As the design and manufacture of outdoor products gets increasingly more technical, we’ve seen a significant up-tick in the number of engineers we’re placing with outdoor industry companies. The bar continues to be raised for the safety and performance of outdoor products. As a result, never before have the opportunities been so great for engineers with a passion for the outdoors.
Design engineers are in particularly high demand at present with companies across the outdoor industry, as they are the pinwheel around which product development, manufacturing and marketing are centered around. In a small company, a design engineer may be responsible for taking a new product from concept to shelf, while at a larger company, that same engineer may work on one or more aspect of a new product’s design, manufacturing, or packaging.
The design engineer works within a matrix of professionals including, but not limited to industrial designers, product and/or category managers, graphic designers and other members of the marketing communications team. Many outdoor companies employ 6-10 design engineers, which may work under the “product engineer” title at some companies. Often, these engineers will work under a senior engineering manager who is also a player-manager. This means they balance team management duties with a limited amount of design work.
What does it take for an engineer to break into the outdoor industry?
Entry-level engineers in the outdoor industry are often required to have 3-5 years of post-graduate experience. Outdoor manufacturers value engineers with high attention to detail, excellent project management skills and the ability to “wear many hats” effectively. In addition, successful outdoor industry engineers must be skilled in both verbal and written communications. Today, a design engineer may be asked to communicate effectively with senior management, dealer partners, media, or speak in videos appearing on YouTube or other sites.
As you might expect, experience using 3D CAD software such as SolidWorks is also a requirement for most positions. Another necessary quality that’s perhaps a bit more challenging to quantify is passion. Outdoor industry employers understand the role passion plays in the pursuit of excellence, and they’re looking for engineers that share their passion, both for the products they make and for the customers they serve.
What about more senior engineering positions?
A job as a senior design engineer, or product engineering manager, requires more total experience — most specify 8-10+ years of relevant experience. Employers may also be looking for experience or focus in a specific engineering field, such as fluid systems or composite materials, or expertise in a specific product category, such as road bicycles or suspension products.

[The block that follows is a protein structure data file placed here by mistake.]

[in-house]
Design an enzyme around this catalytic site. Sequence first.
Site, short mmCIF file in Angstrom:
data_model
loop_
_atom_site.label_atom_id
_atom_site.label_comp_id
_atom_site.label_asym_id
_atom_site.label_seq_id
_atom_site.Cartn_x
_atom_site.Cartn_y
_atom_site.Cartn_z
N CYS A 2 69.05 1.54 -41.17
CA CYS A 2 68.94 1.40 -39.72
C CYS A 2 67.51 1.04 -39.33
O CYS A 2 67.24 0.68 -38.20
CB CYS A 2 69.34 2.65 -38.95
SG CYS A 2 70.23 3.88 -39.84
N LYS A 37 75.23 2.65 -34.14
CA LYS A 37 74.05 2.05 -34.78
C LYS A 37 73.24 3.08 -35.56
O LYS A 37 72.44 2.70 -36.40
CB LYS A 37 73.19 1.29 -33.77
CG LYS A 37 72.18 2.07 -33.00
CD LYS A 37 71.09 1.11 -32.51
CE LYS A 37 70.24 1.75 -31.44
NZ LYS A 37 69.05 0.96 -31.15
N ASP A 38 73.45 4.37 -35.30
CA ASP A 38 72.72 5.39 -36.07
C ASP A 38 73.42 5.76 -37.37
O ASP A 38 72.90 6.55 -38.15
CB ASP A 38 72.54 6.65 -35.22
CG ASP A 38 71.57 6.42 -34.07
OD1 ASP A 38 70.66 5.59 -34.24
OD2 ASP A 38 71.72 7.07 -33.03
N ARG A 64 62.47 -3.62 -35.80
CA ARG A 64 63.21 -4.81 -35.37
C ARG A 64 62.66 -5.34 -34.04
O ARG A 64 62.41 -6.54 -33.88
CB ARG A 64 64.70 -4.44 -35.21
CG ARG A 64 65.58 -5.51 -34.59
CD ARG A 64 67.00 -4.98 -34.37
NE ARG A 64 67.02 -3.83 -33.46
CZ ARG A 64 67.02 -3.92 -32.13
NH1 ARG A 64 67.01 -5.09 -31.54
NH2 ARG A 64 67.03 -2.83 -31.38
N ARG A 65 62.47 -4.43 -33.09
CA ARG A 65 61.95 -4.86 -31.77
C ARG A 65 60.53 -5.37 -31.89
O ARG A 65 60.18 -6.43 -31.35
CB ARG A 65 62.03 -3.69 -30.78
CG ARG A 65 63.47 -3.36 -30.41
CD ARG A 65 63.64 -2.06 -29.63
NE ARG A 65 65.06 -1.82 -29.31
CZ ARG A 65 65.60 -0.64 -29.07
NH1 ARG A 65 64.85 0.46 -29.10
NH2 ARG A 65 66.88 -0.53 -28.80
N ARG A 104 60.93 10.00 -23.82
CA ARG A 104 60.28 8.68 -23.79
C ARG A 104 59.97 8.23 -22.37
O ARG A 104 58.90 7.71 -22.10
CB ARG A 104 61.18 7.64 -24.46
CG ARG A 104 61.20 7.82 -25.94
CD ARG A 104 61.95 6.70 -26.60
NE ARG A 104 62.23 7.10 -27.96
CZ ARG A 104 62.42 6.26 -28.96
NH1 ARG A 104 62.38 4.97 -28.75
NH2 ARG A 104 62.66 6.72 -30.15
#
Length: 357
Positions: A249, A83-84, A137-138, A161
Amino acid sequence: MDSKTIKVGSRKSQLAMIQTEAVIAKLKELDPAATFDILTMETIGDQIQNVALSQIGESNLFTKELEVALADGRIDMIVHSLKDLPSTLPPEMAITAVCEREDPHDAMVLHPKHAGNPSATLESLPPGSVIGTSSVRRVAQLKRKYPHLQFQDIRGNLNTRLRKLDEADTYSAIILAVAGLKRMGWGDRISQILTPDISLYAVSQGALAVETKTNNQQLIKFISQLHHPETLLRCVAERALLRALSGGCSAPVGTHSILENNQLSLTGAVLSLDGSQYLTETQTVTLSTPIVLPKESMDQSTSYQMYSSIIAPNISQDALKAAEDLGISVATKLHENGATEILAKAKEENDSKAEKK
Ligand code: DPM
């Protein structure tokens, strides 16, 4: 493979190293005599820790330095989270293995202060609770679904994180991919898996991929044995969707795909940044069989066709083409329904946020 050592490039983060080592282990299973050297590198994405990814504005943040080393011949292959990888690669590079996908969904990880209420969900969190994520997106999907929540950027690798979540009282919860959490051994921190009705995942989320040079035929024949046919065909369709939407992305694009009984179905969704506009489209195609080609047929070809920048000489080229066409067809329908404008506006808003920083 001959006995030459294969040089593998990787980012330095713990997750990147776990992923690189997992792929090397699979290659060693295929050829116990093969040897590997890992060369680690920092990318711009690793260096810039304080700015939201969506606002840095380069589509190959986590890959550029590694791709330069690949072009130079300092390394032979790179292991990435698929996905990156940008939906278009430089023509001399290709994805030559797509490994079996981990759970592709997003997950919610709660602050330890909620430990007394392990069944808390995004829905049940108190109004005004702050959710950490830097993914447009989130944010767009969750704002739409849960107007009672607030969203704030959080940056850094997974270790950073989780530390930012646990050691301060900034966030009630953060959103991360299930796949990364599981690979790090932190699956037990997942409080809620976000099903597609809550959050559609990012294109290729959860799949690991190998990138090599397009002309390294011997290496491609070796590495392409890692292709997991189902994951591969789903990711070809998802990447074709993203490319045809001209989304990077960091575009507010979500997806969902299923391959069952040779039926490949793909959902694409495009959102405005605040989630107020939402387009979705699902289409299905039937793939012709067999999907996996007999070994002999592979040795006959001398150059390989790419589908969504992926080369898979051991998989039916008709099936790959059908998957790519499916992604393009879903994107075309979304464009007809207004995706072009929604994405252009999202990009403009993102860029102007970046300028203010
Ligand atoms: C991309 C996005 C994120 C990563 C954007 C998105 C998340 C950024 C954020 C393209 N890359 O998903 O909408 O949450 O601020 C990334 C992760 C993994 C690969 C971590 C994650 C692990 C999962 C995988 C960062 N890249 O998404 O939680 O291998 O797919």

Senior engineers must have strong collaboration skills, as they often interface with a wide variety of stakeholders, working hand-in-hand with other company leaders to craft the company’s strategic vision and manage the its execution through the products and/or services it offers. A successful senior engineer is one who can define a strategic direction and effectively get the engineering team on-board with the stated goals, priorities and and direction.
Often, senior engineers will define the processes and expectations for areas such as quality control, product development, tooling, or manufacturing support, among others. These processes serve as a road map for critical performance and durability metrics, and successful implementation can have a direct impact on the quality of a customer’s experience with a product.
In smaller companies, a senior engineer may still take projects from design to production, much as a more junior colleague. That said, senior engineers often have oversight responsibility on projects by other team members, where their experience gives valuable perspective to many, if not all, aspects of a product’s development.
Larger organizations may use senior engineers as managers for a specific product category, where they may lead a team of design engineers. As mentioned earlier, many of these managers also do some design and/or engineering work in addition to their management duties.
How do I start my career as an outdoor industry engineer?
If you’re an engineer looking to leverage your passion for the outdoors into your next dream job, or an experienced outdoor industry engineer looking to make a fantastic move, please send us an email at email@example.com. We’re looking forward to getting to know you better.